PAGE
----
However, using SMART goals will create a path to success that is easy to follow and monitor. By setting specific and measurable goals, you can monitor your progress along the way to success. In addition, adhering to all five tenants of the SMART methodology will make achieving any goal much easier.
Examples of SMART Goals for Musicians
1. Set Aside Money for My Living Expenses
“My goal is to set aside at least $1,000 a month or a minimum of $12,000 per year from my musical earnings to cover my living expenses if I cannot find paying gigs for a prolonged period. “
S: This goal is specific—to set aside at least $12,000 per year for a rainy day.
M: This goal is easy to measure by examining your income and expenses and monitoring how much you put into savings.
A: Even if $1,000 per month is too much, this goal is still attainable because you should be able to save at least a few hundred dollars per month.
R: This goal is relevant as a musician because you might not always find paying gigs for weeks or months, so having funds set aside for a rainy day is prudent.
T: This goal is technically timebound because the aim is to set aside a certain amount of money by the end of each month.
2. Find New Bandmates
“My goal is to find 4 new bandmates within the next 2 months. I aim to create a full band in the next 8 weeks. I will find new band members by posting flyers, advertising on social media, and by word of mouth.”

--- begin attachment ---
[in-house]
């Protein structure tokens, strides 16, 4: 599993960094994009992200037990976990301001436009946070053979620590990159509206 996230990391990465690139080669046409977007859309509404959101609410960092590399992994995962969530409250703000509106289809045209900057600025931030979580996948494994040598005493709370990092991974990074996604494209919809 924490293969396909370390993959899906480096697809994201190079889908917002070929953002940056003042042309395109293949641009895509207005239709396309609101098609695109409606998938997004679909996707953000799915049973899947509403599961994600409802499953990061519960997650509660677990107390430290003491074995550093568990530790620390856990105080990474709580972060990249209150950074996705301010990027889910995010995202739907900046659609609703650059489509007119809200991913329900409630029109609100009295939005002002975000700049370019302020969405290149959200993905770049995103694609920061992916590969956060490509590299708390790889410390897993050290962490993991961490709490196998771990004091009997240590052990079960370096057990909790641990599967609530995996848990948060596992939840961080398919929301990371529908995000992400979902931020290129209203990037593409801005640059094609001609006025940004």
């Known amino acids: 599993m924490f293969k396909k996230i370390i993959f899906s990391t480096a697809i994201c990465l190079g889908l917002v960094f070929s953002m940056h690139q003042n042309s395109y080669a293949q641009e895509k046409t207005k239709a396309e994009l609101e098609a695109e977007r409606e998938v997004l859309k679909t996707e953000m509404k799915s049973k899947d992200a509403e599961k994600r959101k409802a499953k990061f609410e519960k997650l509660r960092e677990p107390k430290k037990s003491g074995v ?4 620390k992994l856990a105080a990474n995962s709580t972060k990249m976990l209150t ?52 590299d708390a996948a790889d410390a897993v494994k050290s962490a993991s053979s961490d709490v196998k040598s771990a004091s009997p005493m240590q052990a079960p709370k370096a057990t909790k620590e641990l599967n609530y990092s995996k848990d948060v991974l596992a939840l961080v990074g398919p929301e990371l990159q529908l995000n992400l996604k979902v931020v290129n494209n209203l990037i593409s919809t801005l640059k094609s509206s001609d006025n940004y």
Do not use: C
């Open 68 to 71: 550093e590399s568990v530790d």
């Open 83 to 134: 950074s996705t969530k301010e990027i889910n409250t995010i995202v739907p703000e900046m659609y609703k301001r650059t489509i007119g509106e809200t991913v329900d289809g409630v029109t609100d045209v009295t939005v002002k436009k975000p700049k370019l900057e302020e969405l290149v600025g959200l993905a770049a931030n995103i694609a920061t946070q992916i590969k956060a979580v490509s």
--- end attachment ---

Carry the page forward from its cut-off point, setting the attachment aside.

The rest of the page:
S: This goal is to find 4 new bandmates within two months by using various advertising methods.
M: This goal is easy to measure simply by monitoring how many bandmates you have.
A: This goal should be relatively easy to attain because you should be able to reach many people by using various marketing methods.
R: This goal is relevant if you want to put together a band.
T: This goal is timebound, as the aim is to put together a fully functional band within the next 2 months.
3. Reach Out to Promoters and Venues
“My goal is to reach out to at least 5 promoters and venues each week to secure at least one show per week. In addition, I will call, email, and physically contact any possible locations.”
S: This goal is specific—to reach out to a certain number of venues or promoters each week to play at least 1 show per week.
M: This goal is easy to measure because you can easily track how many promoters and venues you contact and how many shows you play per week.
A: This goal should be relatively easy to attain because there are many means of communication, promoters, and venues.
R: This goal is relevant to your musical career because you need to play shows to make money and get the word out.
T: This goal is timebound—to contact a certain number of venues every week.